Why do people believe in conspiracy theories? According to a recent paper, conspiracy thinking helps “reinstall a sense of order and predictability in the aftermath of threatening societal events” by explaining and rationalizing “complex real-world phenomena into a coherent set of assumptions about the existence of a powerful and evil enemy.” Put simply, conspiracist ideation is a means to put a chaotic, complex, and unpredictable world back into a comprehensible and moral order. Conspiracy thinking provides psychological comfort.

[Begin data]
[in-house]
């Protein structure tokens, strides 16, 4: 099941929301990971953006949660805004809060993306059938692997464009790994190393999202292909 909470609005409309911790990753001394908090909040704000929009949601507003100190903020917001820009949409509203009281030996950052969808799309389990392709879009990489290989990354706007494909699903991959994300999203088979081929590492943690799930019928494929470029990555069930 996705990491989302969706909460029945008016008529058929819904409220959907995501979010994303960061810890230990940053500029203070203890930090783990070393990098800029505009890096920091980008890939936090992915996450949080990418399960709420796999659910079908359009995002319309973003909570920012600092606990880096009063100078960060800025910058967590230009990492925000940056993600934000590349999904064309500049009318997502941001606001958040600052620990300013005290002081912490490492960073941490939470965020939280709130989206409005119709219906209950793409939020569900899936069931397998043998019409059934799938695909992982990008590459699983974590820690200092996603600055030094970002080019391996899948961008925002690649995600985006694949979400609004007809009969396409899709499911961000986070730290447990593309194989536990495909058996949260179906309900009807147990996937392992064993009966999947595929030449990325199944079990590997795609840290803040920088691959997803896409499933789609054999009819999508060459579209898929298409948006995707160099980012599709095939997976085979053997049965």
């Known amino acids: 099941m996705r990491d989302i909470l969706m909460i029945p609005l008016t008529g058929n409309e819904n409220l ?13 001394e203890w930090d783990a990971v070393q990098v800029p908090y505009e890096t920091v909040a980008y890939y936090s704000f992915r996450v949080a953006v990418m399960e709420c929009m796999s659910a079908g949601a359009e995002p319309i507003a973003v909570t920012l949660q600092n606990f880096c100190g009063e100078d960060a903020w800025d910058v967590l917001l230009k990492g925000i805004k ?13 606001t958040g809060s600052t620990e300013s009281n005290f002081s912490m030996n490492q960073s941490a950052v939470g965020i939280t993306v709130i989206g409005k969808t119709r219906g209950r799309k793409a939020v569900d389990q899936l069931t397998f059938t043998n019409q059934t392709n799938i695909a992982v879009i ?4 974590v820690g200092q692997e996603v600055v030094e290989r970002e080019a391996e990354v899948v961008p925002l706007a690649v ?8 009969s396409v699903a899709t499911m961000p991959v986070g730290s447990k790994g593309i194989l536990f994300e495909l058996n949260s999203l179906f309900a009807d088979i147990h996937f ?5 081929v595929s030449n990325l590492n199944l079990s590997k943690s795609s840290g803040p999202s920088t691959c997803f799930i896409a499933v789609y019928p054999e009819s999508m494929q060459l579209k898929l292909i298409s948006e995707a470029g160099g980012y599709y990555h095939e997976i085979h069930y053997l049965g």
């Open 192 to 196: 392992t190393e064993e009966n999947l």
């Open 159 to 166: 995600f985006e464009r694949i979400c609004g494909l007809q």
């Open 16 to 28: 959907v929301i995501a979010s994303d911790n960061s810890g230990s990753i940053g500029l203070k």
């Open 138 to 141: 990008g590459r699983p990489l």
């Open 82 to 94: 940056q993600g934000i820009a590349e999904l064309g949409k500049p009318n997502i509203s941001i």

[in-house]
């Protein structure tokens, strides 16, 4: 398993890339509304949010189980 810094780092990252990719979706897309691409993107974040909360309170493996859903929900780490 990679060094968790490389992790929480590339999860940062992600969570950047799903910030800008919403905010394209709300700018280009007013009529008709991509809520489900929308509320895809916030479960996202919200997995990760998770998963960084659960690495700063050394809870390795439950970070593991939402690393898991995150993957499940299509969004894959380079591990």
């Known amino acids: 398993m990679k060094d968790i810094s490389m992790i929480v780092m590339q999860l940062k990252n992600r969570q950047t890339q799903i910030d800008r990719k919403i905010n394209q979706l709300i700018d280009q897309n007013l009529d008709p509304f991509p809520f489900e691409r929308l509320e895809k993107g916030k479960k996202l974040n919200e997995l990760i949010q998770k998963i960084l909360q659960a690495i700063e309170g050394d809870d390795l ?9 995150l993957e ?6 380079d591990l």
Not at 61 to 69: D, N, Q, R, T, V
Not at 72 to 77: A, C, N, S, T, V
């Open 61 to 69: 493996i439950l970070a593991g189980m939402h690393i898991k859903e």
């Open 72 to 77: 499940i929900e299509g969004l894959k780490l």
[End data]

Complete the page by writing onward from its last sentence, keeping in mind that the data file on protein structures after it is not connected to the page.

I don’t have much to add about the biographies of Tamerlan and Dzhokhar Tsarnaev. I certainly won’t presume the cause or intent of their bombings of the Boston Marathon. Here we have two young men, the now deceased Tamerlan, 26, and captured and injured Dzhokhar, 19, both born in a Chechen diaspora community in the town of Tokmok, Kyrgyzstan. In 2001, they moved with their family to Dagestan, Russia. After a year or so, they came to the United States as war refugees. Like many American immigrants, the Tsarnaev family lived a working class life. Anzor, the father, worked as a mechanic. The mother, Zubeidat, was a cosmetologist. By most accounts, the Tsarnaev brothers lived a typical American male life: school, partying, sports, and alienation. As immigrants they lived an in-between existence. They had all the trappings of Americaness, but by their own admission, they felt not quite American. Eventually, both turned to radical Islam and developed an intense desire to reclaim their Chechen identity. At the moment, what dove them to violence is anyone’s guess.